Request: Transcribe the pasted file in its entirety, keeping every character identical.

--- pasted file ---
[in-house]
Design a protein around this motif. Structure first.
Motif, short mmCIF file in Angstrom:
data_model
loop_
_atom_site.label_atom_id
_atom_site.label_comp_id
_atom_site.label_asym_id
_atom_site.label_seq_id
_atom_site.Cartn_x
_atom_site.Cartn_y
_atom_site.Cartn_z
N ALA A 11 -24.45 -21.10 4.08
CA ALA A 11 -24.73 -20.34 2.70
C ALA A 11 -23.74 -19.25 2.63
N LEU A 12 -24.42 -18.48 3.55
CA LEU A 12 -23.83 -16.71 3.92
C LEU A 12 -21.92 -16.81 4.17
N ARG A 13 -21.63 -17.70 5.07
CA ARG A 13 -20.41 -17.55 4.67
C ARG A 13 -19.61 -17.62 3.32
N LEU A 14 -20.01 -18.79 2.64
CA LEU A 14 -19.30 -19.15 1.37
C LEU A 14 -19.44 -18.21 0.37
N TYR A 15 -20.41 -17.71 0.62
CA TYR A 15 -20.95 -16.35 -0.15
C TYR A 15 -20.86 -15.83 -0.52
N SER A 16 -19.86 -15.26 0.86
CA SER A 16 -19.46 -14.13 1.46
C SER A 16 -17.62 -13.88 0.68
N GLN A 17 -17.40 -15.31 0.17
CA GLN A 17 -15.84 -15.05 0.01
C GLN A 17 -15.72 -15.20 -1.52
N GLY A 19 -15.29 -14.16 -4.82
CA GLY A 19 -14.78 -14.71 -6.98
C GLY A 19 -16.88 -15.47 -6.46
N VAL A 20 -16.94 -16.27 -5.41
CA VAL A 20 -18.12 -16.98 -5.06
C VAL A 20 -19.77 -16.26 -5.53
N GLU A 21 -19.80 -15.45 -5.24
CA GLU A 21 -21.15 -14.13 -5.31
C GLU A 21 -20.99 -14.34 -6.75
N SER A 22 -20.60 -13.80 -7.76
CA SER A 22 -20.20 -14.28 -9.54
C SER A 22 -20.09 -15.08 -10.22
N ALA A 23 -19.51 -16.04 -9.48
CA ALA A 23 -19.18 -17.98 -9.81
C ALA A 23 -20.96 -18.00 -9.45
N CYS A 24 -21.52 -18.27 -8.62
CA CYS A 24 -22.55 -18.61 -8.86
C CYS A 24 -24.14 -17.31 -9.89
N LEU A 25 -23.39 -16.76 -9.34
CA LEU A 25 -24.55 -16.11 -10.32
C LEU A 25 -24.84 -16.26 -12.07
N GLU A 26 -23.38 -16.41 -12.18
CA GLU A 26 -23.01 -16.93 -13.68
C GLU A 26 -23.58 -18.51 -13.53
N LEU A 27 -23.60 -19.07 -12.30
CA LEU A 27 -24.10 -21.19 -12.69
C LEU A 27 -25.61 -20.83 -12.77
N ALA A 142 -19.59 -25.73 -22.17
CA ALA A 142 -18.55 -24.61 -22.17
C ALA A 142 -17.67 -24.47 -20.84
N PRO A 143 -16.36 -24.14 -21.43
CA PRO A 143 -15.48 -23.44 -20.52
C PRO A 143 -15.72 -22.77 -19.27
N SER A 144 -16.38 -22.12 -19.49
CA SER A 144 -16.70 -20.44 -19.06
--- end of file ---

[in-house]
Design a protein around this motif. Structure first.
Motif, short mmCIF file in Angstrom:
data_model
loop_
_atom_site.label_atom_id
_atom_site.label_comp_id
_atom_site.label_asym_id
_atom_site.label_seq_id
_atom_site.Cartn_x
_atom_site.Cartn_y
_atom_site.Cartn_z
N ALA A 11 -24.45 -21.10 4.08
CA ALA A 11 -24.73 -20.34 2.70
C ALA A 11 -23.74 -19.25 2.63
N LEU A 12 -24.42 -18.48 3.55
CA LEU A 12 -23.83 -16.71 3.92
C LEU A 12 -21.92 -16.81 4.17
N ARG A 13 -21.63 -17.70 5.07
CA ARG A 13 -20.41 -17.55 4.67
C ARG A 13 -19.61 -17.62 3.32
N LEU A 14 -20.01 -18.79 2.64
CA LEU A 14 -19.30 -19.15 1.37
C LEU A 14 -19.44 -18.21 0.37
N TYR A 15 -20.41 -17.71 0.62
CA TYR A 15 -20.95 -16.35 -0.15
C TYR A 15 -20.86 -15.83 -0.52
N SER A 16 -19.86 -15.26 0.86
CA SER A 16 -19.46 -14.13 1.46
C SER A 16 -17.62 -13.88 0.68
N GLN A 17 -17.40 -15.31 0.17
CA GLN A 17 -15.84 -15.05 0.01
C GLN A 17 -15.72 -15.20 -1.52
N GLY A 19 -15.29 -14.16 -4.82
CA GLY A 19 -14.78 -14.71 -6.98
C GLY A 19 -16.88 -15.47 -6.46
N VAL A 20 -16.94 -16.27 -5.41
CA VAL A 20 -18.12 -16.98 -5.06
C VAL A 20 -19.77 -16.26 -5.53
N GLU A 21 -19.80 -15.45 -5.24
CA GLU A 21 -21.15 -14.13 -5.31
C GLU A 21 -20.99 -14.34 -6.75
N SER A 22 -20.60 -13.80 -7.76
CA SER A 22 -20.20 -14.28 -9.54
C SER A 22 -20.09 -15.08 -10.22
N ALA A 23 -19.51 -16.04 -9.48
CA ALA A 23 -19.18 -17.98 -9.81
C ALA A 23 -20.96 -18.00 -9.45
N CYS A 24 -21.52 -18.27 -8.62
CA CYS A 24 -22.55 -18.61 -8.86
C CYS A 24 -24.14 -17.31 -9.89
N LEU A 25 -23.39 -16.76 -9.34
CA LEU A 25 -24.55 -16.11 -10.32
C LEU A 25 -24.84 -16.26 -12.07
N GLU A 26 -23.38 -16.41 -12.18
CA GLU A 26 -23.01 -16.93 -13.68
C GLU A 26 -23.58 -18.51 -13.53
N LEU A 27 -23.60 -19.07 -12.30
CA LEU A 27 -24.10 -21.19 -12.69
C LEU A 27 -25.61 -20.83 -12.77
N ALA A 142 -19.59 -25.73 -22.17
CA ALA A 142 -18.55 -24.61 -22.17
C ALA A 142 -17.67 -24.47 -20.84
N PRO A 143 -16.36 -24.14 -21.43
CA PRO A 143 -15.48 -23.44 -20.52
C PRO A 143 -15.72 -22.77 -19.27
N SER A 144 -16.38 -22.12 -19.49
CA SER A 144 -16.70 -20.44 -19.06